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Barneys New York Inc. on Tuesday filed for bankruptcy protection from creditors and laid out plans to close most of its stores after getting squeezed by rising rents and fewer visitors to its luxury-fashion stores.

The Chapter 11 filing in New York allows the department-store chain to stay open while it seeks to sell a slimmed-down business and to negotiate with its landlords.

The company, owned by billionaire investor Richard Perry, said it has secured $75 million from affiliates of Hilco Global and Gordon Brothers Group to help meet its financial commitments. Authentic Brands Group LLC is one party in discussions with the retailer to potentially purchase assets including the company's name brand and trademarks.

"Like many in our industry, Barneys New York's financial position has been dramatically impacted by the challenging retail environment and rent structures that are excessively high relative to market demand," Chief Executive Officer Daniella Vitale said in a statement Tuesday.

Barneys' proposed bankruptcy loan would allow it to repay $50 million of debt and provide $25 million to help facilitate a sale in the next 60 days, court papers show. Before Barneys arranged that financing, one existing lender -- TPG Specialty Lending Inc. -- proposed $10 million of new financing that would have required going-out-of-business sales at all but two Barneys stores, other court papers show.

The bankruptcy had been telegraphed for several weeks as the retailer sought to avert Chapter 11 by finding a partner or buyer. Barneys said its stores on Madison Avenue and downtown New York City will remain open, as well as locations in Beverly Hills, Calif.; San Francisco; and Boston.

The company employs 2,300 people, according to court papers.

Two Barneys Warehouse locations will also stay open, and online operations will continue. Among the locations scheduled for closure are stores in Chicago, Las Vegas and Seattle, in addition to five smaller-concept stores and seven Barneys Warehouse locations.

"Aside from the high price tags on goods, this department store faces the same challenges as any department store," George Angelich, partner at the bankruptcy law firm Arent Fox, said in an interview before the filing. As rent costs increase and consumers shift to buying online, "it becomes very challenging to maintain profitability," said Angelich, who isn't involved in the case.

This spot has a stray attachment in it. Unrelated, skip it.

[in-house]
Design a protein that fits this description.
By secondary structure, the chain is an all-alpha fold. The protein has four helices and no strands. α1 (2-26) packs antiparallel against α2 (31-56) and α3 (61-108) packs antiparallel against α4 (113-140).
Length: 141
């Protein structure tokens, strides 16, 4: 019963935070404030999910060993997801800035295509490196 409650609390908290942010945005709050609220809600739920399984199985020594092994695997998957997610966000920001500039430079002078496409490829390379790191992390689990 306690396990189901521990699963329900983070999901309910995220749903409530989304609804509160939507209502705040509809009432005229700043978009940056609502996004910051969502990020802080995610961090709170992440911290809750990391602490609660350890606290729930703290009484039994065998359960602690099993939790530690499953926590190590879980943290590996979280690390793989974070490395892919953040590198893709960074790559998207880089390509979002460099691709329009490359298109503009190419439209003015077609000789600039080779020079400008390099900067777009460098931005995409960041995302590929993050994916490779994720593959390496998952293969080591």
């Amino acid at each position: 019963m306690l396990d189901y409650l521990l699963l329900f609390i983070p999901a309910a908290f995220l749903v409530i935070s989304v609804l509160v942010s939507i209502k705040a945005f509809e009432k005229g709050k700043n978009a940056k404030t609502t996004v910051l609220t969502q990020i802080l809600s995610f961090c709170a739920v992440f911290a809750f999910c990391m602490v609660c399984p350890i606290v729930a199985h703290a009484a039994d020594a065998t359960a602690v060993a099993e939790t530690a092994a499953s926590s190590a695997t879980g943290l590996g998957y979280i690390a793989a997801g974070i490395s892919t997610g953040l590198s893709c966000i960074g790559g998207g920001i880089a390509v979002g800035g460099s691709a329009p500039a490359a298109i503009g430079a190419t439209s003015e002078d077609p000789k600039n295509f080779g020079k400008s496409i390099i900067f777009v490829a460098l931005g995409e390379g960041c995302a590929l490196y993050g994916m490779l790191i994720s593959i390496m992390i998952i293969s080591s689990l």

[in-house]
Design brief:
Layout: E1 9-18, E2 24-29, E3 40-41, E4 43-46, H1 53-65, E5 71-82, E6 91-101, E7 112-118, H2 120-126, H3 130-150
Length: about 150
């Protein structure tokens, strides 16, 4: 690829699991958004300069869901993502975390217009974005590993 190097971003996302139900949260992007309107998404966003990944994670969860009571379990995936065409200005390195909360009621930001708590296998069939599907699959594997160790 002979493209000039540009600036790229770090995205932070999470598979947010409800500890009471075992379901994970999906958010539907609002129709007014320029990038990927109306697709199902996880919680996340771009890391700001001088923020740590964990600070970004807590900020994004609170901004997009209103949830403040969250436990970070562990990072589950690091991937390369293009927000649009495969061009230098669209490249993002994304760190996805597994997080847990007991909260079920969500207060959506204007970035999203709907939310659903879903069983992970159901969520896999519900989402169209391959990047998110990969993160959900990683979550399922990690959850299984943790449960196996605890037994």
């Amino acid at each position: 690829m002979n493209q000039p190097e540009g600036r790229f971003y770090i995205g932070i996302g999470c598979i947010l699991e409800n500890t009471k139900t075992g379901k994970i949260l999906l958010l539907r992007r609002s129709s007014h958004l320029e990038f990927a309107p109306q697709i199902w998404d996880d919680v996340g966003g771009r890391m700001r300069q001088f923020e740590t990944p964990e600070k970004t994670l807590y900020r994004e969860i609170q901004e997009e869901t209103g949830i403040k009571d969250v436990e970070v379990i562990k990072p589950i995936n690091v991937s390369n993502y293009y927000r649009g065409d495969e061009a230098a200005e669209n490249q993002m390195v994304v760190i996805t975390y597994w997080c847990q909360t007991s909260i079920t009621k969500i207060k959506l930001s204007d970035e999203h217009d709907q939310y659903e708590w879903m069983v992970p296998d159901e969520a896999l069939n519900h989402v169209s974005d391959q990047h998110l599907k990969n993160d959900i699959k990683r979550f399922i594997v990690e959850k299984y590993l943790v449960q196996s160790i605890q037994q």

Founded as a men's retailer in 1923 in Manhattan, Barneys morphed into a high-fashion icon for women and men by the 1970s. It went bankrupt once before, in 1996, after a falling out with a Japanese partner.

Earlier this year, Barneys sought to downsize the Madison Avenue store to reduce the annual rent, which tripled this year, Bloomberg News previously reported. The retailer was working on a restructuring plan with advisers at M-III Partners and Houlihan Lokey, and with lawyers at Kirkland & Ellis.

The chain listed $200 million of funded liabilities, with $800 million of revenue in 2018, according to papers filed in U.S. Bankruptcy Court for the Southern District of New York. Barneys also says it has about $120 million of federal net operating losses that could be used to offset future taxable income.

Barneys is asking for court permission to reject 15 store leases across the country, including deals with Brookfield Properties Inc. and Simon Property Group Inc. That could save the the company $2.2 million per month in rent and related expenses, Chief Restructuring Officer Mohsin Y. Meghji said in a court declaration.

The picture for most traditional retailers grows worse by the year.

The number of retail stores that closed in the U.S. this year has already surpassed last year's total, according to Coresight Research, which expects 12,000 will be closed in 2019. Coresight said 7,567 retail stores have closed so far this year, compared with 5,864 in all of 2018.

The escalating trade war between China and the U.S. has intensified that pressure, leaving clothing companies scrambling to find new routes and suppliers. Over the past year, the retail sector has consistently lost jobs.

A strong economy has traditionally boosted luxury sales, but like retailers across the spectrum, Barneys and other high-end stores have struggled to entice people through the door. They're seeing younger shoppers migrate online to sites like Net-a-Porter, which offers same-day delivery for luxury goods, or resale sites like The RealReal.com. Wealthy shoppers also are going directly to luxury brands' online sites or shops.

Nordstrom has reported slowing sales. And Neiman Marcus Group, which also operates Bergdorf Goodman, posted a loss amid a decline in sales for its most recent quarter.

After 104 years, Lord & Taylor's flagship store on Fifth Avenue locked its doors in January, and the property was sold to WeWork.

The prospect of liquidation sales at such a high-end store raised questions about how discounting could affect Barneys' relationships with its vendors.

"Barneys works with the creme de la creme of vendors, who don't want their items hitting the market at discounted prices, and are probably not used to their merchants filing for bankruptcy," said Stephen Selbst, chairman of the restructuring and bankruptcy group at New York law firm Herrick, Feinstein LLP. "Their only possible recourse is to offer to buy back inventory to avoid it hitting the distribution channel, but that's expensive. It's going to be a walk into a very cold shower."

Information for this article was contributed by Katherine Doherty, Jeremy Hill, Jordyn Holman, Anne Riley Moffat, Eliza Ronalds-Hannon and Lauren Coleman-Lochner of Bloomberg News; and by Michelle Chapman and Anne D'Innocenzio of The Associated Press.

Business on 08/07/2019

Print Headline: Luxury-fashion retailer Barneys files for bankruptcy help

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